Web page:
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Maciej Nowakowski

Founder at Codecamps

6 Feb, 2018

3 Superpowers of the Flex-Box Model — How flex-basis, flex-shrink and flex-grow work.

The elements on the page are organised in the same way as words in a book: from left to right and from top to bottom.

If you have been using CSS for a while, you will have a good understanding of block and inline elements. You know how they work. But you may occasionally get baffled when you forget that some properties exist only on block elements and some on inline elements.

Block and inline elements in CSS

Before we dive into the flex-box model, leaving behind the memories of block and inline elements, let's quickly sum up what we know about them.

  • A block element always starts on a new line and takes up all available width of its parent. You can change its dimensions by assigning values to the width and height properties,
  • An inline element doesn't start at a new line. It takes only as much space as it needs in order to display its content.

There is one more difference between block and inline elements.

An inline element doesn't have width and height properties.

Try and change the dimensions of the span element below to: width: 100px; and height: 100px;.

What happened?

Nothing.

Change the span's display property to block, by adding display: block.

Now the span proudly presents its content as a block element. And block elements have both — width and height.

What if you wanted to change the dimensions of an inline element but didn't want it to move to the next line?

You could assign an inline-block value to the display property.

When an element becomes an inline-block element, it still behaves like an inline element — it doesn't jump to the next line — but you can change its dimensions. Let's try it.

Change the display property of the span element to display: inline-block; below:

Summary of Block and Inline Elements

  • A block element — starts on a new line, takes up all available width of the parent element. You can set its width and height properties.
  • An inline element — doesn't start on a new line. It doesn't have width and height properties.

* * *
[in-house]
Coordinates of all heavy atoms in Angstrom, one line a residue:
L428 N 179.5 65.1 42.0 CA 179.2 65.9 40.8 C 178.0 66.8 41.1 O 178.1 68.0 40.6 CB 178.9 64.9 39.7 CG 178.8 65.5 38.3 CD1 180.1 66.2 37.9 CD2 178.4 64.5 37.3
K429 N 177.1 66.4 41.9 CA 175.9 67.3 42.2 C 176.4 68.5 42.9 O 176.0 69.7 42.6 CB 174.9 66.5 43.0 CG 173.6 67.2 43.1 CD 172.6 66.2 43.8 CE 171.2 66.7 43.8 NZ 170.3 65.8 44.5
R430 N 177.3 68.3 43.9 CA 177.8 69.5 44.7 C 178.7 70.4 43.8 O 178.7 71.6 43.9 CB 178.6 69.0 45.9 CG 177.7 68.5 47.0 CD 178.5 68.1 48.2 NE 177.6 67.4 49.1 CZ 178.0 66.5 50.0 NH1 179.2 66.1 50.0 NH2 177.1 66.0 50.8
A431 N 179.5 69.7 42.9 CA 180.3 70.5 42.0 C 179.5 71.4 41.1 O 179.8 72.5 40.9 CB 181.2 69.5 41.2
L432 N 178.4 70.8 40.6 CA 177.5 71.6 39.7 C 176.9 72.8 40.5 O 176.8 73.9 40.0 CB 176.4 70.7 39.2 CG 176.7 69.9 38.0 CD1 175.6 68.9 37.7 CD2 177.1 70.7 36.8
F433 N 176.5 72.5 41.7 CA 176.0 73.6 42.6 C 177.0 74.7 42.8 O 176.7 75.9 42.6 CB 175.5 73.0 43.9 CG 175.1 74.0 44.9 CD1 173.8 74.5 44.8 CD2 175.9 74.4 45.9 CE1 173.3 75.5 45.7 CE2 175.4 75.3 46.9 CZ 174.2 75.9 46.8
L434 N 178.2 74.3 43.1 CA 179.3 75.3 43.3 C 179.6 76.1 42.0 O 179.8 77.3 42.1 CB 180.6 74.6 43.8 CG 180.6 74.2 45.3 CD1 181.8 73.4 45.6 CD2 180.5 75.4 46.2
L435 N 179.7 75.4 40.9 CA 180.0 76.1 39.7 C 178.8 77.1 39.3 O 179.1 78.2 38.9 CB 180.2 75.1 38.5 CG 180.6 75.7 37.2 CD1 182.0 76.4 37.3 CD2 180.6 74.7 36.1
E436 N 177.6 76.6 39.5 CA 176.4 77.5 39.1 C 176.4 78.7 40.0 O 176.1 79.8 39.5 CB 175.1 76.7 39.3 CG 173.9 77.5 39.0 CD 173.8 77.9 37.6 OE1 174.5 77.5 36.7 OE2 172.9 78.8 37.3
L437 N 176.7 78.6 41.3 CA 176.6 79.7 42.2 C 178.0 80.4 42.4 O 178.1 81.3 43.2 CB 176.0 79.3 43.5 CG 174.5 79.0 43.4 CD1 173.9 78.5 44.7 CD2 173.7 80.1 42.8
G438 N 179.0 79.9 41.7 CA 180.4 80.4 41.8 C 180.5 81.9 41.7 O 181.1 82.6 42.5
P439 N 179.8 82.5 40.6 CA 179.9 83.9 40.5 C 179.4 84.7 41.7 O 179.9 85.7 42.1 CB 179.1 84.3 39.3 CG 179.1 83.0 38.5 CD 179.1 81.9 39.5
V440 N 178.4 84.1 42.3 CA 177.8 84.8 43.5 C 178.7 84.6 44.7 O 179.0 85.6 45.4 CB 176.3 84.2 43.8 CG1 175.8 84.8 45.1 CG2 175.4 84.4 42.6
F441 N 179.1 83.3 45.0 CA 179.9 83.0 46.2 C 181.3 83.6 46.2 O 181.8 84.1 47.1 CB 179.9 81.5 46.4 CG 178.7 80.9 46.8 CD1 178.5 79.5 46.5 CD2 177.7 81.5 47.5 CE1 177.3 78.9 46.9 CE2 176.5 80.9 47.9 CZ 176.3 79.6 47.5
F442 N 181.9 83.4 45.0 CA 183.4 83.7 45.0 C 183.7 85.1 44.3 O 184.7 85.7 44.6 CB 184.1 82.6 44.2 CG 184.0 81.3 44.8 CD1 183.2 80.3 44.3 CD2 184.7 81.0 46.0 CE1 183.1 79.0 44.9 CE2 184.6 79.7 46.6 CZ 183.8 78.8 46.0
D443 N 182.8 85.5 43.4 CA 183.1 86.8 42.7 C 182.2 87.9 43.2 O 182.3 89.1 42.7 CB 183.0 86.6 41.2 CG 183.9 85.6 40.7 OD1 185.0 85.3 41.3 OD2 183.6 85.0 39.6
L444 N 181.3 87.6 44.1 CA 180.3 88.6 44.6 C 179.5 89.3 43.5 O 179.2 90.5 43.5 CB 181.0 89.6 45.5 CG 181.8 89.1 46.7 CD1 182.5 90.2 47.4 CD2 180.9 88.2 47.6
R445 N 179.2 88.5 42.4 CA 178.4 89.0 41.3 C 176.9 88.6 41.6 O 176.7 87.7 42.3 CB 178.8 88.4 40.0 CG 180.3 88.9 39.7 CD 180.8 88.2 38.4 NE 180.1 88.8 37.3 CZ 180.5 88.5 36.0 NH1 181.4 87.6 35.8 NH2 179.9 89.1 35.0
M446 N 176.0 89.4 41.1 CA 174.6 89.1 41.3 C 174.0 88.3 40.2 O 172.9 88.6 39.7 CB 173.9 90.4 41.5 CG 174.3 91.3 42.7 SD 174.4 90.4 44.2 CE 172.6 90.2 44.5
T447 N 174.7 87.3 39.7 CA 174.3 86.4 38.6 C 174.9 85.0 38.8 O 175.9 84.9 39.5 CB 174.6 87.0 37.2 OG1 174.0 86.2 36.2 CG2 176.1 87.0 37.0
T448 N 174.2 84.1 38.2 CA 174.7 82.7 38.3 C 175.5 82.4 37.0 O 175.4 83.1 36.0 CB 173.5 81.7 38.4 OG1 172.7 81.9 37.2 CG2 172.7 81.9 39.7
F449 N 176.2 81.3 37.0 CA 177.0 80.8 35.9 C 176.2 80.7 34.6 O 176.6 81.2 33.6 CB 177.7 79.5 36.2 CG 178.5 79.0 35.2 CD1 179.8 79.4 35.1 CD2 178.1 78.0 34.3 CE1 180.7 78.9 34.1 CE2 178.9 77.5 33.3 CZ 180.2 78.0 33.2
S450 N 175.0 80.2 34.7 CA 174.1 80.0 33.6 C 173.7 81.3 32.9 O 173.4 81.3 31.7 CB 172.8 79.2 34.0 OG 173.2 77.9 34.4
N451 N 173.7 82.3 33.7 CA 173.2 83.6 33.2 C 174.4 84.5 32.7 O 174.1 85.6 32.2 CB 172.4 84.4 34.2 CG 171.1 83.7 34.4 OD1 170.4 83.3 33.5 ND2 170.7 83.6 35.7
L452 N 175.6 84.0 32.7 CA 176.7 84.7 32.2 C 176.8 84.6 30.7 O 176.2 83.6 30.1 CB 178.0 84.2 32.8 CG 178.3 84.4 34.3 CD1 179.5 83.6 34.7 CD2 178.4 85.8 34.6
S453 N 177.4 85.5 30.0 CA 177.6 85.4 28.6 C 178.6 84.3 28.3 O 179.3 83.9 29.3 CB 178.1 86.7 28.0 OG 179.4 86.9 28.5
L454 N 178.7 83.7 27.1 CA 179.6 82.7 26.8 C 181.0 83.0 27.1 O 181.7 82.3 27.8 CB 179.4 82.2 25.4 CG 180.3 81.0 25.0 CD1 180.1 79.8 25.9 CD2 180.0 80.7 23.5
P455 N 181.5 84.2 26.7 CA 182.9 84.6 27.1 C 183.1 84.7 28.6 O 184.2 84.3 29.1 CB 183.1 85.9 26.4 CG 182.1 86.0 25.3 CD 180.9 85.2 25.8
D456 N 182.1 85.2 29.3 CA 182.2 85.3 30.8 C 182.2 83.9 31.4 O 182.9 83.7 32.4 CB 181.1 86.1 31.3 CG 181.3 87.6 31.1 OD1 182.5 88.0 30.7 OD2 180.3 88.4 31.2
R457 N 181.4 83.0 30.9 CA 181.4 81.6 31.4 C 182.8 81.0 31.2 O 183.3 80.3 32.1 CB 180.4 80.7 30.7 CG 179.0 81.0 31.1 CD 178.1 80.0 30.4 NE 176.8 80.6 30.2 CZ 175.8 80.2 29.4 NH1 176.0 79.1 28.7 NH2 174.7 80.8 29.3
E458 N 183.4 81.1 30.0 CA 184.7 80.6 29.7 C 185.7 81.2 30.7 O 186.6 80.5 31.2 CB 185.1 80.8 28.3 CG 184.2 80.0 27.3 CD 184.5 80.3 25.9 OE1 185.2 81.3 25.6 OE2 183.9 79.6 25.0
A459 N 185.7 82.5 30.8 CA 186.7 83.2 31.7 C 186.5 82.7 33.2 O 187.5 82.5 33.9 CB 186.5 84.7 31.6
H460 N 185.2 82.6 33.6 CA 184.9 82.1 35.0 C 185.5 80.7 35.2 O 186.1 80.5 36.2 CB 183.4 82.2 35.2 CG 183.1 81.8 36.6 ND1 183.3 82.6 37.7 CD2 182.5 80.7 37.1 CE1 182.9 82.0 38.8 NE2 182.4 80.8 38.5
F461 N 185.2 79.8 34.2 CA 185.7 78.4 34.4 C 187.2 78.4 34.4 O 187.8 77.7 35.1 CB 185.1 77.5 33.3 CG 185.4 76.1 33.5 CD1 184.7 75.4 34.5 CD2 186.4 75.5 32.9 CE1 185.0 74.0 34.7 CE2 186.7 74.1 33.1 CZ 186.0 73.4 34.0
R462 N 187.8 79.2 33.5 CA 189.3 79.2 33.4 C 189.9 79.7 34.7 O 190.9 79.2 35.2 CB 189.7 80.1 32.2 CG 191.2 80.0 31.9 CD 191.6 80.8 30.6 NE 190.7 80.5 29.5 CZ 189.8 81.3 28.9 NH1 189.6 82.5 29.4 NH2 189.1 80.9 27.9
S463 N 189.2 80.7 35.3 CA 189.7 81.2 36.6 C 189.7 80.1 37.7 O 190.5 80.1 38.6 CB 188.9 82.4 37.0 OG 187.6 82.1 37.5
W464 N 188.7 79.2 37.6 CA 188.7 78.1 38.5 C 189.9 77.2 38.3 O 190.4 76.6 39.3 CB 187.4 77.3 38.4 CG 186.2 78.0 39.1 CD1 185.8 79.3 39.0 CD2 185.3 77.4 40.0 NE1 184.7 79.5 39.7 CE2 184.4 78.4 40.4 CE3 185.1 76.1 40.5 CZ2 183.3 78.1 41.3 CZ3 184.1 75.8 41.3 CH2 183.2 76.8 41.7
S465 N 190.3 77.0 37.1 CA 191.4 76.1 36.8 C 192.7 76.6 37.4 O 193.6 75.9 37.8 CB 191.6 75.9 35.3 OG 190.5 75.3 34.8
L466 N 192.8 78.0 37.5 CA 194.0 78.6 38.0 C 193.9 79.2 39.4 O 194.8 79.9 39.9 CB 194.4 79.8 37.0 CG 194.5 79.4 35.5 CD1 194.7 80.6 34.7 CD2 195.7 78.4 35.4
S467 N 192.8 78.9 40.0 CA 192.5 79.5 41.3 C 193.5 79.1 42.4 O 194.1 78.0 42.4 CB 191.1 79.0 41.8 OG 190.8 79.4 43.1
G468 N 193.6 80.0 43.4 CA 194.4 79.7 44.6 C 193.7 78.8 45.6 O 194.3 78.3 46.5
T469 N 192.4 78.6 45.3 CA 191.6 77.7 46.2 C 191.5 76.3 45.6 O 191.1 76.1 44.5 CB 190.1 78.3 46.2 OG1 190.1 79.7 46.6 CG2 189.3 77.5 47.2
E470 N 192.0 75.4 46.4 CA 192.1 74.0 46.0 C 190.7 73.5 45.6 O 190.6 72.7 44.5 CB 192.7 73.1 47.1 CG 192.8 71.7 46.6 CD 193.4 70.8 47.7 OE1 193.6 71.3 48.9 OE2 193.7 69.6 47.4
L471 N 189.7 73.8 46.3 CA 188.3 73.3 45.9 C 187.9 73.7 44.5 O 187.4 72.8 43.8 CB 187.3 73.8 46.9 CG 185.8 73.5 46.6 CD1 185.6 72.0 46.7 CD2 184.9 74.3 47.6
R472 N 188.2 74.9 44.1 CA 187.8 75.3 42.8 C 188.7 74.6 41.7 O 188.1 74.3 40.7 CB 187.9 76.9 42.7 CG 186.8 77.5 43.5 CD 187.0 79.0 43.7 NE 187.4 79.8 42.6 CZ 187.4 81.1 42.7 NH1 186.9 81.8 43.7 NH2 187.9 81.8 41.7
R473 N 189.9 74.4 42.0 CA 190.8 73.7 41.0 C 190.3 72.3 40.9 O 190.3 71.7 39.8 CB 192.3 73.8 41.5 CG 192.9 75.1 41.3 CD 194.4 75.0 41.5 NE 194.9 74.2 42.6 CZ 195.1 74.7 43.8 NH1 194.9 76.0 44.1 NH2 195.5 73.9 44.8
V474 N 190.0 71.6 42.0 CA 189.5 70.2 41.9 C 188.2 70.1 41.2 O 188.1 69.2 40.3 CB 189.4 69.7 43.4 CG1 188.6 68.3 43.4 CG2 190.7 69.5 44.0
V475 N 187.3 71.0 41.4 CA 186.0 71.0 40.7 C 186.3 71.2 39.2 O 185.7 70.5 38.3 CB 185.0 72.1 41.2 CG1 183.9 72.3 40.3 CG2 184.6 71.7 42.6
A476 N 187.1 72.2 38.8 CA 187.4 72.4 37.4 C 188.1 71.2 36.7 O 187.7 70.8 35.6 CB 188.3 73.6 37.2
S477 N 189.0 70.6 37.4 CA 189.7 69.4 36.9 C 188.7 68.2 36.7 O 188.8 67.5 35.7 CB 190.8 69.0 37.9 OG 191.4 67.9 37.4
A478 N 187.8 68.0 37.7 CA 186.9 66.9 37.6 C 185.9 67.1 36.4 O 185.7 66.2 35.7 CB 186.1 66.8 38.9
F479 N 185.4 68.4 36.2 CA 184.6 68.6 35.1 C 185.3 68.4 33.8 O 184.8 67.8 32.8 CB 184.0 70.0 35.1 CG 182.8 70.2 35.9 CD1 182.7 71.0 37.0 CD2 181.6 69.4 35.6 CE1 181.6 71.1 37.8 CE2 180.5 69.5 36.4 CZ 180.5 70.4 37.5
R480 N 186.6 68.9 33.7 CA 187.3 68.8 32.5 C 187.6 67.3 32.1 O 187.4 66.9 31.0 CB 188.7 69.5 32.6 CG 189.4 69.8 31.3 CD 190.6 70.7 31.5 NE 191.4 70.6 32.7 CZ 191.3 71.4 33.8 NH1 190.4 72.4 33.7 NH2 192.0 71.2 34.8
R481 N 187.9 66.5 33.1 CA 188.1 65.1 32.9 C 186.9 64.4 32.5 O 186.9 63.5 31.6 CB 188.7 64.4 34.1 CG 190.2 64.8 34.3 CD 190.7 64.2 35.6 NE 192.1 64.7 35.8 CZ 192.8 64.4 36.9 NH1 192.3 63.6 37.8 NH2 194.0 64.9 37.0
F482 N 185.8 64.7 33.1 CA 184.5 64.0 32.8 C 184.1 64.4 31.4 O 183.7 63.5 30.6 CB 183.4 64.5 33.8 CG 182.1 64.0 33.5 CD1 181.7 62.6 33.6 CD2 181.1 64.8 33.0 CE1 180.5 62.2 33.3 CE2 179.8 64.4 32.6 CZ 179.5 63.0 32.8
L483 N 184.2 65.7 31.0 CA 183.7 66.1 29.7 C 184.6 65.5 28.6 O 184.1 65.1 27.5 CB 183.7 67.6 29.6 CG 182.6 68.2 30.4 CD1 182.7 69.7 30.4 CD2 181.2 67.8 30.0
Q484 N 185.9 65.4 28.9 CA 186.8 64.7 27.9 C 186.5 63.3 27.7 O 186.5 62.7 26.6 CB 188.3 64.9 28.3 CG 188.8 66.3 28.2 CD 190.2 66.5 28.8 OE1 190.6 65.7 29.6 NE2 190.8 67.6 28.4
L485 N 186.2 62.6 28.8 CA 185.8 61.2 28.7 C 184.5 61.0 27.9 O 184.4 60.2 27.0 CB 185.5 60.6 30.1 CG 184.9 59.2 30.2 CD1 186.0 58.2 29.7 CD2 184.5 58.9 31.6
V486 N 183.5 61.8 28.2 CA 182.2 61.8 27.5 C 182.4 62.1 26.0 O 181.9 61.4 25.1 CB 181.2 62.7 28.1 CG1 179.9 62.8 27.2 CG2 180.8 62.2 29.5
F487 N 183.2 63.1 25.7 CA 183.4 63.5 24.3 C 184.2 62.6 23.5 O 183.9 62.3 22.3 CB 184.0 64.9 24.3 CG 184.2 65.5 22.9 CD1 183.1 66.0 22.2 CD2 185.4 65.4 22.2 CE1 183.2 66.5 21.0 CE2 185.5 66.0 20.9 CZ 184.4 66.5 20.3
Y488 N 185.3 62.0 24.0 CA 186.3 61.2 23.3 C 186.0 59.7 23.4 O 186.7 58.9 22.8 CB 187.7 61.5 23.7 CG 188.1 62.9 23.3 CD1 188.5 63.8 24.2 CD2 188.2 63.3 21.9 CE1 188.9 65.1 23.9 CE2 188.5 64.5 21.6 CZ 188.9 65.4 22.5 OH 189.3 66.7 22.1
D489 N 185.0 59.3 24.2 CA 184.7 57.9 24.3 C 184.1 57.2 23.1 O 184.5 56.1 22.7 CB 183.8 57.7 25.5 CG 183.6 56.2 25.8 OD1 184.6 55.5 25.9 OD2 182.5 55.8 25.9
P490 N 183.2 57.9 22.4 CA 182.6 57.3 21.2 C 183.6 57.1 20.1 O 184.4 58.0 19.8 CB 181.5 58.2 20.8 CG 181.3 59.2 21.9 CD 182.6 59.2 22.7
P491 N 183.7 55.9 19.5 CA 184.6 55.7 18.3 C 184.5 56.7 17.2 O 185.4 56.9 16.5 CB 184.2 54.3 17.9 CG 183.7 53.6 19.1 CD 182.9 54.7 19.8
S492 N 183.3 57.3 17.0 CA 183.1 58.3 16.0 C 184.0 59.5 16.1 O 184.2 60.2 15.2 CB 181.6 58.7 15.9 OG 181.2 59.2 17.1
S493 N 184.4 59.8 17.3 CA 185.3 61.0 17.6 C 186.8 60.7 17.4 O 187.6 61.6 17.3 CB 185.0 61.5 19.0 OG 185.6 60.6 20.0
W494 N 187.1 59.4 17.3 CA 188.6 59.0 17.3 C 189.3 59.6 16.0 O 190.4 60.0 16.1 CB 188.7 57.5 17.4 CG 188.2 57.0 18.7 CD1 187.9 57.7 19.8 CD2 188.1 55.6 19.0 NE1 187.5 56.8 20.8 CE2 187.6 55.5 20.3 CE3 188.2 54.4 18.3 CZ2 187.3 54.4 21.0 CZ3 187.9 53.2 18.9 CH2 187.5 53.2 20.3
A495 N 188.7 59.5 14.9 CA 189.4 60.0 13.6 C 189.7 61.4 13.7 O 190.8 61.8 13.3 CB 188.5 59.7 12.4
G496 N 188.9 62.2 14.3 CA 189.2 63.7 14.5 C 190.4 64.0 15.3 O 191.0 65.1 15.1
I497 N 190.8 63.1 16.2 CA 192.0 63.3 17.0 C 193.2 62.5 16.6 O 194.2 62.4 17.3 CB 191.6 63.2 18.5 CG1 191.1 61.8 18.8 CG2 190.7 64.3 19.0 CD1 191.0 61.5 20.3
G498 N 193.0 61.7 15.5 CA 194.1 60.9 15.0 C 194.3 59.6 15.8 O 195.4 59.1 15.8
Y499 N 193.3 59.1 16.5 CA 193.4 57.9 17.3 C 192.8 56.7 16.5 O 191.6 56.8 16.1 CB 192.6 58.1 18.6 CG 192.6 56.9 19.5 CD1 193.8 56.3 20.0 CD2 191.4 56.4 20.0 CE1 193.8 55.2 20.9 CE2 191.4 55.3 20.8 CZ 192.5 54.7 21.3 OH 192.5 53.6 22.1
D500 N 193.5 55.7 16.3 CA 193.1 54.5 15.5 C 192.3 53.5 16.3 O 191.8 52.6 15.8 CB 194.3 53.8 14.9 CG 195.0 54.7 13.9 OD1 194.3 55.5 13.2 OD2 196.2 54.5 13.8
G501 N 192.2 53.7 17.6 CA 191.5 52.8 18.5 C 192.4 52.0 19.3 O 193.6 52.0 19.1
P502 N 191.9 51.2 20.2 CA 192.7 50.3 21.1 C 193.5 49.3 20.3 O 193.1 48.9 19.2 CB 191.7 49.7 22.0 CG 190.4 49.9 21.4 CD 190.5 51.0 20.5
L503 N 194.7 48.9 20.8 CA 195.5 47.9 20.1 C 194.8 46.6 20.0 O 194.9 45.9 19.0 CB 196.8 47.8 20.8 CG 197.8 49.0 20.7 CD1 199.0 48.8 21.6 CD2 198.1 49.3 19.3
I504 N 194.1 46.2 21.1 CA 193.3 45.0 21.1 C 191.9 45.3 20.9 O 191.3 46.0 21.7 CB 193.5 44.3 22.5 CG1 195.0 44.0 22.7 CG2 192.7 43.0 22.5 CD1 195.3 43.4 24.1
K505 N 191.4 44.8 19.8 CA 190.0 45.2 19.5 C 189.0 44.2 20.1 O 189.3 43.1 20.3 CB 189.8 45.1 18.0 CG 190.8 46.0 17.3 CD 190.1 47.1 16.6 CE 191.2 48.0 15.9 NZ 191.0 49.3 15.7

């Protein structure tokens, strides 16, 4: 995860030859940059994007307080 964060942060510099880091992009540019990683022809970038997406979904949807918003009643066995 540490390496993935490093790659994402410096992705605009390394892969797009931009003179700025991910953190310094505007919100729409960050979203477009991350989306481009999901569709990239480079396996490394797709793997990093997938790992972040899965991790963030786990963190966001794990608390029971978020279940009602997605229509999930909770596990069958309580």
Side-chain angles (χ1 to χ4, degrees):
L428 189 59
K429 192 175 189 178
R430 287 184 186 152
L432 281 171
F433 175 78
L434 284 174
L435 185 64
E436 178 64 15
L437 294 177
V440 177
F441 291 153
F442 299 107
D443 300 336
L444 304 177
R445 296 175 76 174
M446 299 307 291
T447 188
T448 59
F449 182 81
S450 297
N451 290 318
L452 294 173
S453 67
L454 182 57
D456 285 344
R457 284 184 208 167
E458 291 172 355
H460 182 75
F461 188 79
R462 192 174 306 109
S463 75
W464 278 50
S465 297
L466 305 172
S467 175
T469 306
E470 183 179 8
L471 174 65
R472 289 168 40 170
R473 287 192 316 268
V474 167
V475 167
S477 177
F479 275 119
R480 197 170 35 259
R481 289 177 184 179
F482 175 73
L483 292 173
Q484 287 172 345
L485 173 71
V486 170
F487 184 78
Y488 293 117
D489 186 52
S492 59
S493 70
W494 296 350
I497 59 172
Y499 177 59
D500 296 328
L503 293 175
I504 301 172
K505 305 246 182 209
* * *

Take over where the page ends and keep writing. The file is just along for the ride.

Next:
• An inline-block element — doesn't start on a new line but can be assigned width and height.

Flex-box model

What happens to an element when you change its display property to flex?

A new relation between the parent container and its children is established.

The parent container becomes a flex container. Its children become flex items. And it doesn't matter if they were block or inline elements in their previous life.

To illustrate this, let's create a layout that you wouldn't use in real-life. For visualisation purposes only.

Below, I placed two block elements, div and p, and an inline element, span, inside the inline element em. I hear you — complete mess.

Now, add display: flex to the container in CSS tab.

You've just created a new context and a new relationship between the parent element, the container, and the children elements with a class item.

The container has became a flex container. Its children have become flex items.

The flex container behaves like a block element. It takes up all available space. You can also change its width and height.

What about the flex items?

The flex items behave almost like inline-block elements. They don't start at the new line. They take only as much horizontal space as they need. You can set their width and height.

But they are like inline-block elements with superpowers.

They stretch to take up all vertical space.

Add height: 200px; to the container and see how the flex items grow vertically when the container's height changes.

The reason for that is that one of the container's properties, align-items is set to stretch by default.

Superpowers of Flex Items

After setting the container's display property to flex, its children (flex items) get three superpowers — flex-grow, flex-shrink, and flex-basis. These properties let you decide how much space flex items will take.

By default they are set to:

  • flex-grow: 0;
  • flex-shrink: 1;
  • flex-basis: auto;

Flex-basis

The flex-basis is the equivalent of the width property of an inline-block element.

By default, it's set to auto.

When it's set to auto, it sets the width of the flex item to the value of its width property. If the width property was not set, the element will take up only the necessary horizontal space to display its content. Like an inline-block element.

In the example below, add width: 100px; to the item class:

Now, all the items have the width of 100px.